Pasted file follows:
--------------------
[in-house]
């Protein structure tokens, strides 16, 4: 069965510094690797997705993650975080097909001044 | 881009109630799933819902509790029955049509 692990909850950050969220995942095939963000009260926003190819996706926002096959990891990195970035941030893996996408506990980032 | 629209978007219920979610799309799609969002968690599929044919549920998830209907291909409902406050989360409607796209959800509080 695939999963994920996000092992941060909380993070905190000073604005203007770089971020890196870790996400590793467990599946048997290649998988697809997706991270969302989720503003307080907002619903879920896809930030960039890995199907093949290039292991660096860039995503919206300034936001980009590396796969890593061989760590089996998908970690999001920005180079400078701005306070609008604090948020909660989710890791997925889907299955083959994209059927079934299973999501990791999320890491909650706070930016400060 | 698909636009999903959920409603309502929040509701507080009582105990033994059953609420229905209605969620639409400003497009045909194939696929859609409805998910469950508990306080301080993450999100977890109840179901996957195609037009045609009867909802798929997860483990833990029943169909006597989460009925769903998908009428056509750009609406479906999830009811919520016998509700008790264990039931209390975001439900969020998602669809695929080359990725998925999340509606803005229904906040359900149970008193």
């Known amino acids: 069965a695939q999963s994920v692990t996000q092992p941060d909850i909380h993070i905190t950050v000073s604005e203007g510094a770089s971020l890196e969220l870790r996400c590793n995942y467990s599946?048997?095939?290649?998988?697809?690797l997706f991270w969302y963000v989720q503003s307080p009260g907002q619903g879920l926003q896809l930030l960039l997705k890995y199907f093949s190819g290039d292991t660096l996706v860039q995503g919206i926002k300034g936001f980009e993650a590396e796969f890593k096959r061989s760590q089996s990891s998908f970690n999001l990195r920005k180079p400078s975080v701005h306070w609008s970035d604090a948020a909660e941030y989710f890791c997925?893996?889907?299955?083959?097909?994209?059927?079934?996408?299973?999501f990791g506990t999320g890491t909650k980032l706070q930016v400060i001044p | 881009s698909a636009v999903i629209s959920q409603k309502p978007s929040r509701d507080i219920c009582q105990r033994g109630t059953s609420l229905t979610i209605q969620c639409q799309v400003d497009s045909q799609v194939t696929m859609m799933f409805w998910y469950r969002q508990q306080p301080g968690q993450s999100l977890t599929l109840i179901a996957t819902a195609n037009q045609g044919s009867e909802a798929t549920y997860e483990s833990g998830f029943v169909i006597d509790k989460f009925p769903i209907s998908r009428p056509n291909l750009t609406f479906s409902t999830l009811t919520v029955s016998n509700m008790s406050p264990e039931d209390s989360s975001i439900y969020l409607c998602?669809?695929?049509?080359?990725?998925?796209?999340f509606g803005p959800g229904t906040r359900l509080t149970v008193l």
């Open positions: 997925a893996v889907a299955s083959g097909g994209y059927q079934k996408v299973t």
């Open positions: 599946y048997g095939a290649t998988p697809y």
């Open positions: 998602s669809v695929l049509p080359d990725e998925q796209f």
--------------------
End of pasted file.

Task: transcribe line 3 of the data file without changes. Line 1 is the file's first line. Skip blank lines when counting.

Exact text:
């Known amino acids: 069965a695939q999963s994920v692990t996000q092992p941060d909850i909380h993070i905190t950050v000073s604005e203007g510094a770089s971020l890196e969220l870790r996400c590793n995942y467990s599946?048997?095939?290649?998988?697809?690797l997706f991270w969302y963000v989720q503003s307080p009260g907002q619903g879920l926003q896809l930030l960039l997705k890995y199907f093949s190819g290039d292991t660096l996706v860039q995503g919206i926002k300034g936001f980009e993650a590396e796969f890593k096959r061989s760590q089996s990891s998908f970690n999001l990195r920005k180079p400078s975080v701005h306070w609008s970035d604090a948020a909660e941030y989710f890791c997925?893996?889907?299955?083959?097909?994209?059927?079934?996408?299973?999501f990791g506990t999320g890491t909650k980032l706070q930016v400060i001044p | 881009s698909a636009v999903i629209s959920q409603k309502p978007s929040r509701d507080i219920c009582q105990r033994g109630t059953s609420l229905t979610i209605q969620c639409q799309v400003d497009s045909q799609v194939t696929m859609m799933f409805w998910y469950r969002q508990q306080p301080g968690q993450s999100l977890t599929l109840i179901a996957t819902a195609n037009q045609g044919s009867e909802a798929t549920y997860e483990s833990g998830f029943v169909i006597d509790k989460f009925p769903i209907s998908r009428p056509n291909l750009t609406f479906s409902t999830l009811t919520v029955s016998n509700m008790s406050p264990e039931d209390s989360s975001i439900y969020l409607c998602?669809?695929?049509?080359?990725?998925?796209?999340f509606g803005p959800g229904t906040r359900l509080t149970v008193l």